Building a Better Community

May 11, 2005

About the author: Marcia Kinley is a marketing services manager for Marsh-McBirney, Inc. She can be reached at 301/874-5599 or by e-mail at [email protected].

Kennewick is known as one of Washington state’s most progressive cities. Located on the banks of the Columbia River in the wine-growing region of the state, the city is home to approximately 58,000 residents. Recently celebrating their centennial anniversary, Kennewick is a community on the move. Anticipated population increases in this scenic, family-friendly, region has city planners on their toes in an effort to remain ahead of necessary infrastructure improvements.

Integral to Kennewick’s growth plan is the modification of the city’s current sewer system. Kennewick Wastewater Plant crews maintain 15 sewage lift stations through the collection system. Thorough and accurate monitoring of wastewater flows will guide the planners as they update their comprehensive plan and flow models.

Tim Richman, project engineer for the city of Kennewick stated, “flow data is needed to update our comprehensive sewer plan as well as our sewer models. We are looking at trends for increased demands for our current system so we can get an idea of how long it will be before we need to make major improvements.”

The city had previously purchased three flowmeters with submerged-style sensors. The meters were used on a rotational basis to monitor sewer system flows.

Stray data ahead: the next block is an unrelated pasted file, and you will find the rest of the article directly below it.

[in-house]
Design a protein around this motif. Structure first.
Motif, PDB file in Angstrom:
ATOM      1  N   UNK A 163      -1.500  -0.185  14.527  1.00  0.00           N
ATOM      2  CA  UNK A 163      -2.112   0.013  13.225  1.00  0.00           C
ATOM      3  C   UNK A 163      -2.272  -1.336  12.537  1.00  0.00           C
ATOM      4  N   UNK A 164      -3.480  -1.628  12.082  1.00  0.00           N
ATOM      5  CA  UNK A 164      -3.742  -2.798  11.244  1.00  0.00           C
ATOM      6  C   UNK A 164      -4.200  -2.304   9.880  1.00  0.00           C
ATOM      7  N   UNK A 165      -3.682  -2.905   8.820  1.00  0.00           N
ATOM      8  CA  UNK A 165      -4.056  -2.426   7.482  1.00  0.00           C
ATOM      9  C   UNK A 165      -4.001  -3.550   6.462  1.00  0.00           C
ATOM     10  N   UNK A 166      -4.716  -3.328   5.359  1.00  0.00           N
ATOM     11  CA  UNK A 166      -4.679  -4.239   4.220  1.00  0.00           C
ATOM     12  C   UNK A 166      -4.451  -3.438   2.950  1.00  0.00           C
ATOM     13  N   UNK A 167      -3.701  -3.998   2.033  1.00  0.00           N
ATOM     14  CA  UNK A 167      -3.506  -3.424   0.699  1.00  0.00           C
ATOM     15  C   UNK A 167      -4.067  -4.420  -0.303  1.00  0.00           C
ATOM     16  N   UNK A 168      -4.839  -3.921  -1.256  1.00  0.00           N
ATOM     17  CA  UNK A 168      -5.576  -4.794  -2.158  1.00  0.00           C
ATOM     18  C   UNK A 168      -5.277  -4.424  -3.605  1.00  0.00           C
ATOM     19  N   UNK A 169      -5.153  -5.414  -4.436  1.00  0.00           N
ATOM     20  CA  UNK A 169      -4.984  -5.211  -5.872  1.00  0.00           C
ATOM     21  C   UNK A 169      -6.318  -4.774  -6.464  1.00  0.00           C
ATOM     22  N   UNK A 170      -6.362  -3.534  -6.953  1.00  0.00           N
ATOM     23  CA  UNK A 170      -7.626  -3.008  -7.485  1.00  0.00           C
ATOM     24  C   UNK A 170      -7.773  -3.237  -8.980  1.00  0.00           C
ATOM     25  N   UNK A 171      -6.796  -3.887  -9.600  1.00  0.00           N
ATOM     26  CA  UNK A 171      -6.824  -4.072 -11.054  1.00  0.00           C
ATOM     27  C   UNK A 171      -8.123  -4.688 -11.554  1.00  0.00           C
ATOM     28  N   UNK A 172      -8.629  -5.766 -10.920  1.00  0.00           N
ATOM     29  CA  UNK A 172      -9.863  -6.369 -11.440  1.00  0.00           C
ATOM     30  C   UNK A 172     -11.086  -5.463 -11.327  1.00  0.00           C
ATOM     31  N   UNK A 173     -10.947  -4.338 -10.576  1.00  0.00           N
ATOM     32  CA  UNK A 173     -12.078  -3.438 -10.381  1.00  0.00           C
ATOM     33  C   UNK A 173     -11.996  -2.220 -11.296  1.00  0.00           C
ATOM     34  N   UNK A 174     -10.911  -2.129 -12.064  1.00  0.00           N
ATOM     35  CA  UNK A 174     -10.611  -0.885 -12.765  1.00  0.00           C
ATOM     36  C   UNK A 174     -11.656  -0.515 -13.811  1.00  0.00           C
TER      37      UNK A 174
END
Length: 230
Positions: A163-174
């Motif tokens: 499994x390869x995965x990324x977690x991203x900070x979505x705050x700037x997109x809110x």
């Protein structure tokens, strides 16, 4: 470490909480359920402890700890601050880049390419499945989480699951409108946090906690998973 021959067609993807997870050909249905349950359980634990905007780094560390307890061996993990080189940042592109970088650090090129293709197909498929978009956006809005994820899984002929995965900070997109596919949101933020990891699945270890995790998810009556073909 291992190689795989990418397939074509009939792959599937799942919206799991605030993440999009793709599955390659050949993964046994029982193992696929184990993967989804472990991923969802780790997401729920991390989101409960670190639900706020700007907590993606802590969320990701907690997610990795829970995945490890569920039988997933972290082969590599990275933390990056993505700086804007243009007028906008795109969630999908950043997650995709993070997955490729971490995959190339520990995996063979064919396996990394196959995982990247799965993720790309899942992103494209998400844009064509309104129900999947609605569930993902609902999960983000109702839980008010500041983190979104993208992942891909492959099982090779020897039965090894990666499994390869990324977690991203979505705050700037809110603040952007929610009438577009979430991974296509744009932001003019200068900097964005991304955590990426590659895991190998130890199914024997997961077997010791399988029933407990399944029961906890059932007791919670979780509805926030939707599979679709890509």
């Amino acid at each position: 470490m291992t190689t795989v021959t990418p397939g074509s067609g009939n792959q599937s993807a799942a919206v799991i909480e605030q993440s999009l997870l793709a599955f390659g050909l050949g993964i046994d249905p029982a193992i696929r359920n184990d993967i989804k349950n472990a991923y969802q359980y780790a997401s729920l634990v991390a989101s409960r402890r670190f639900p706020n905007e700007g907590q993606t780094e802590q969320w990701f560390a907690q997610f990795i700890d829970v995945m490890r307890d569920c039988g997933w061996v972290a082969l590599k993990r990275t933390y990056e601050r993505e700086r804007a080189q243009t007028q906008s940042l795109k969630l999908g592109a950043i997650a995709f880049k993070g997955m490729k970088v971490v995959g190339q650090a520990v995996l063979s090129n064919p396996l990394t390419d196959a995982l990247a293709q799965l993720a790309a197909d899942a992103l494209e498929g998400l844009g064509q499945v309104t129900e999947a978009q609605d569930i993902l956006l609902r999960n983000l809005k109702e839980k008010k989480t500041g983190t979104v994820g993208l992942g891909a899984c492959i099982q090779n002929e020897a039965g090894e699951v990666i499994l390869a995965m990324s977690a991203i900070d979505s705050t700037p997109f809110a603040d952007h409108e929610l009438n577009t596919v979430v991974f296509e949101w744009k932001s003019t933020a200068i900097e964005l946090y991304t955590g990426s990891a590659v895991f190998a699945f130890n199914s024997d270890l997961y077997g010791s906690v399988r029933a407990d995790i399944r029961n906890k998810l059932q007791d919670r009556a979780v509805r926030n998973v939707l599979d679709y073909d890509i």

“We only had enough flowmeters to monitor each site for about two weeks twice a year and that wasn’t enough time to get a good shot at what the performance was of each line,” Richman added.

Opportunities to collect flow data at each monitoring site was further limited due to submerged sensors that would foul with debris during the limited data collection periods, unbeknownst to public works personnel. The loss of valuable flow data due to fouled sensors was becoming a frequent occurrence.

With a desire to remain abreast of needed sewer system modifications during the city’s current growth juncture, a decision was made to purchase updated flowmeters. It was the hope of city personnel to procure meters that did not require frequent site visits for maintenance due to fouled flow sensors.

Working with Marsh-McBirney’s local representative, Bainbridge & Associates, as well as the consulting firm of Anderson Perry & Associates, Inc., a demonstration of the Marsh-McBirney Flo-Dar Flowmeter was scheduled and performed.

According to Richman, city personnel had seen the meter at several trade shows and seminars and really liked the Flo-Dar technology, especially the fact that the sensor was not in the flow stream.

This particular flowmeter utilizes advanced radar technology that can monitor flows from above the fluid, eliminating the maintenance headaches associated with submerged sensors. Flo-Dar combines advanced Digital Doppler Radar velocity sensing technology with ultrasonic pulse echo level sensing to remotely measure open channel flow.

The flowmeter’s easy installation requires no manhole entry and the sensor can be installed and/or removed from street level. With this model flowmeter, costs associated with confined space entry manpower and equipment can likely be eliminated.

Flowmeter operation